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Ennis Daily News

A little help from friends

The Friends of the Ennis Public Library is in its second year of being a United Way agency, and since then the club has had to make some changes for the better, said club president Barbara Sims.
For instance, the way the club elects officers has been changed. Instead of electing a new set of officers every year, the club now has two-year terms for every officer, with half of them being elected every year.
“It’s a better way of doing things because we have some continuity from year to year,” she said.
Elections were held in December and current officers are Sims, treasurer Kathy Morse, secretary Neva Roark, first vice president Robin Gutierrez and second vice president Larry Candy.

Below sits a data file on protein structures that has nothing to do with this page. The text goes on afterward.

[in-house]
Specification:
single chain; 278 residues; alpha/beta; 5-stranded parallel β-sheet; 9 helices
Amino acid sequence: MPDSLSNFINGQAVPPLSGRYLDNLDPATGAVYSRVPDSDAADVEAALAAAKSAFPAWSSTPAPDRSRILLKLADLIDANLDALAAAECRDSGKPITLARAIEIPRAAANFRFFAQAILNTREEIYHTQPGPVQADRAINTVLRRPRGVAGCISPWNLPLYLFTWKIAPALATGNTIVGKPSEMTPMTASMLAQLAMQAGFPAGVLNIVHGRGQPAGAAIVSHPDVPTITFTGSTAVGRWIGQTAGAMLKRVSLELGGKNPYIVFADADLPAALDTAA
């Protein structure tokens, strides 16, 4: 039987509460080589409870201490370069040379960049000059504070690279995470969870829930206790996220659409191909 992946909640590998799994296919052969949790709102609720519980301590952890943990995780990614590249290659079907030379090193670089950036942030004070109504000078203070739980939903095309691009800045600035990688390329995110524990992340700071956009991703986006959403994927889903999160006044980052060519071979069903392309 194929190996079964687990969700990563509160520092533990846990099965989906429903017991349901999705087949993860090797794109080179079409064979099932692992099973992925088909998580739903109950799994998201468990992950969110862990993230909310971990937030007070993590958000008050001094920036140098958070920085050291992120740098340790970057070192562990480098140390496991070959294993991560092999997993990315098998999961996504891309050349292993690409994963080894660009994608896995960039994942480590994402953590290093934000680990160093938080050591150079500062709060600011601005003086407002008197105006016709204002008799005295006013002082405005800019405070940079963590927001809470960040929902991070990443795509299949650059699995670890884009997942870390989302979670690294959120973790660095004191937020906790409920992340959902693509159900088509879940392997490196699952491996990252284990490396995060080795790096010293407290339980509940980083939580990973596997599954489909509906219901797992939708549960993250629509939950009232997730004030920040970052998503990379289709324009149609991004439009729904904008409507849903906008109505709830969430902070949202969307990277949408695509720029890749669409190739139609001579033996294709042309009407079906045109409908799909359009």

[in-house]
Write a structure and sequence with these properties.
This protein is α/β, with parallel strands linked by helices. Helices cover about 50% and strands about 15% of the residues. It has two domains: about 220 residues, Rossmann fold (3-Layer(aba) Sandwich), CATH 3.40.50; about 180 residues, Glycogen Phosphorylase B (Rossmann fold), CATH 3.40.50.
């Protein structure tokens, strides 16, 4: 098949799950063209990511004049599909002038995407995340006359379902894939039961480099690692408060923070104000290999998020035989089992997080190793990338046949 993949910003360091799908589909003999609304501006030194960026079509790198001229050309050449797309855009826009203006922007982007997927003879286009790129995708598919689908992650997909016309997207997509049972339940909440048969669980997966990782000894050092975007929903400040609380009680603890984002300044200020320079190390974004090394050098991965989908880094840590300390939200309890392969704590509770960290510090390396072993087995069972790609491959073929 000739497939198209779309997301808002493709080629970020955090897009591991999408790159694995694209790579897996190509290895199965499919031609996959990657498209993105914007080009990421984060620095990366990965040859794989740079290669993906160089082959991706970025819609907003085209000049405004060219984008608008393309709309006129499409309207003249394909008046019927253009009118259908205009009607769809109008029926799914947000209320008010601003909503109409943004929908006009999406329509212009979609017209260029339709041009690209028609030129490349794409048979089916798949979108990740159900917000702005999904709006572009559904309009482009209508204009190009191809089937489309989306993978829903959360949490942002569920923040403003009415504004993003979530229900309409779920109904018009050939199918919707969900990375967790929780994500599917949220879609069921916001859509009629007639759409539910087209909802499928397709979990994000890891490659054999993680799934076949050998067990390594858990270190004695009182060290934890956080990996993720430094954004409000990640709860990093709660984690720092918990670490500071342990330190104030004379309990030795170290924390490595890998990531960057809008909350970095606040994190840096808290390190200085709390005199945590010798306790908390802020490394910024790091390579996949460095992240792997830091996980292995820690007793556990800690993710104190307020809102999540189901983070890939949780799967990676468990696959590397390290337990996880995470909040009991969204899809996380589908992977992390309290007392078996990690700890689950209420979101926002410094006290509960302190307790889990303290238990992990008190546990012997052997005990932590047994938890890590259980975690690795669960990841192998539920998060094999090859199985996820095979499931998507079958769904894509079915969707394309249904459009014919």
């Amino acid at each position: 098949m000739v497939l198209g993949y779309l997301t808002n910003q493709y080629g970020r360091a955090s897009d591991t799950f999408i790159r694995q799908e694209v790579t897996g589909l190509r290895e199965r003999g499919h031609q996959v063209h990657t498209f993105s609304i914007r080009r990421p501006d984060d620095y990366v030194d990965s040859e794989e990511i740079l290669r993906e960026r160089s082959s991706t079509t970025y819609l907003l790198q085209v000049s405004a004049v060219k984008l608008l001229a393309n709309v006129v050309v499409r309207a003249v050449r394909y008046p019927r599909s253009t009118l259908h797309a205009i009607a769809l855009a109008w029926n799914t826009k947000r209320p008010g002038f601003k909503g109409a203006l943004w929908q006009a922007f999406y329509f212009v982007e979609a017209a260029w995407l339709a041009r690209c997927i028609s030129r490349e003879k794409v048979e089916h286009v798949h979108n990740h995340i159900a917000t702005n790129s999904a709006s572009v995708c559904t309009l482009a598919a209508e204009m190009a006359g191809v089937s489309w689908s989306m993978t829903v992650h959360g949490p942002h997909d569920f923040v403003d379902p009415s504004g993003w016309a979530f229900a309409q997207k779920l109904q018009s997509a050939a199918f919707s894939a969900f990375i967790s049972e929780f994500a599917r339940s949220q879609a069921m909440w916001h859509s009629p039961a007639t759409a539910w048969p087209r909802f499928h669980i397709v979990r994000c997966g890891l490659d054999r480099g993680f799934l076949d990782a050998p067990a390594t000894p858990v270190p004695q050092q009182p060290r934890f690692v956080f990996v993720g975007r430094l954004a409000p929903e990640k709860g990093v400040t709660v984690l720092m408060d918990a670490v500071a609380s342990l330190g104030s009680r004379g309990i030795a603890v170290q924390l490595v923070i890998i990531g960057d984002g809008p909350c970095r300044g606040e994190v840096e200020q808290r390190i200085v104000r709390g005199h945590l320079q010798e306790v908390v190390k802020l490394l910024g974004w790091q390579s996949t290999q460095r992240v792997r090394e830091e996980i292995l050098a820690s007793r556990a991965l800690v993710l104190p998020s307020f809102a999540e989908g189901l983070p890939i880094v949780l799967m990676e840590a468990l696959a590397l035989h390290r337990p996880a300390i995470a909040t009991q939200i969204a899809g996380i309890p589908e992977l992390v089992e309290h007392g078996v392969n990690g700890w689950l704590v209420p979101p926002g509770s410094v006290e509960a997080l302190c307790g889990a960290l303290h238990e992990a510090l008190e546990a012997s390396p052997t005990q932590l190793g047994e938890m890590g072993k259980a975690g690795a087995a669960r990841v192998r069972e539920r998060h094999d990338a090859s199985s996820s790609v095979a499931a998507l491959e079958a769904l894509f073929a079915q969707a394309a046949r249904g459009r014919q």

The club also changed their bookkeeping procedures. In order to receive funds from the United Way, a club must keep detailed records of how money is spent, Sims said. This helped the club keep better track of where the money was going.
Morse helped the club apply for funds from the United Way.
The Friends of the Library assists the Ennis Public Library by financing programs the library would not otherwise be able to afford. The library’s budget comes from the city, and sometimes is not enough to cover everything the library wants to do, Sims said.
The club also helps the library raise funds to buy books. They have added many books for children and youth, including several bilingual books, said Candy.
The Friends of the Library helps the elderly use the library and the computers in the facility. The club also assists the Boys and Girls Club in using the library, Sims said.